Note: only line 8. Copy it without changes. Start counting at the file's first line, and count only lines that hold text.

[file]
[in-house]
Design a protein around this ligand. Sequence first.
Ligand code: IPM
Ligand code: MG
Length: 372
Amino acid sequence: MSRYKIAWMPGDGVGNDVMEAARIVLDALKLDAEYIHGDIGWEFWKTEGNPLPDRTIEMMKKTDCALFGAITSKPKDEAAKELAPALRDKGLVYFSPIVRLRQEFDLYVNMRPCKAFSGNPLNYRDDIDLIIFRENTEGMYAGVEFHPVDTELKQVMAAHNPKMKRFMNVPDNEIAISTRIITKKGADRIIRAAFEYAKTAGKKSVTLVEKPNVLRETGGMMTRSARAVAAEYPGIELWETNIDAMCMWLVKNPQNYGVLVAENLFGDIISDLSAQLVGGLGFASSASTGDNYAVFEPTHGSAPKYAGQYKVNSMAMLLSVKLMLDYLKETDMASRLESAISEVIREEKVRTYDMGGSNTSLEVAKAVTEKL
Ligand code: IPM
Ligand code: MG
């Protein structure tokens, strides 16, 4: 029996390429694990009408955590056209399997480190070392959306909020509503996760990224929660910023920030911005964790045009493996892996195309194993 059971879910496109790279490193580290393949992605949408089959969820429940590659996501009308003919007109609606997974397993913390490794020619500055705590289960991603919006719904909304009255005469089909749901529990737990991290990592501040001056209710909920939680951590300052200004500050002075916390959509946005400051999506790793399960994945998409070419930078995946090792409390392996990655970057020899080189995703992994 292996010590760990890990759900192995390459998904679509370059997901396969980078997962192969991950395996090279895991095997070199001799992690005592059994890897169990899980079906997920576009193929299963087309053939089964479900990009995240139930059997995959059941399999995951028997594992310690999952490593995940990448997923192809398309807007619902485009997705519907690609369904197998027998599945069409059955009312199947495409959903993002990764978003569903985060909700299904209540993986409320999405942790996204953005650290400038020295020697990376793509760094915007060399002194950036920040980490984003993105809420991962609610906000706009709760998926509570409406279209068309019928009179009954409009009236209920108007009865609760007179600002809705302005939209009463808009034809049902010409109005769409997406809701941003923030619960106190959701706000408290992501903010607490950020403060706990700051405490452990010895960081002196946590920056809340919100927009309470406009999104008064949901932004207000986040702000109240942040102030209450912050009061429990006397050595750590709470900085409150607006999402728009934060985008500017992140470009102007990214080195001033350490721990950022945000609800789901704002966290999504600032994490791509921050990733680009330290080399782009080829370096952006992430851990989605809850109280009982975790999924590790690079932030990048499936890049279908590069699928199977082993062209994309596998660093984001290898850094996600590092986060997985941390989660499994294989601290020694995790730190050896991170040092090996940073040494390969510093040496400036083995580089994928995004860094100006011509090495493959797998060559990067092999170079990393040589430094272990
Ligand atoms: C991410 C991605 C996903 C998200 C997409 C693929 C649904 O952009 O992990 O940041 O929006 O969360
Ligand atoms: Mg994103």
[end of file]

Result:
Ligand code: MG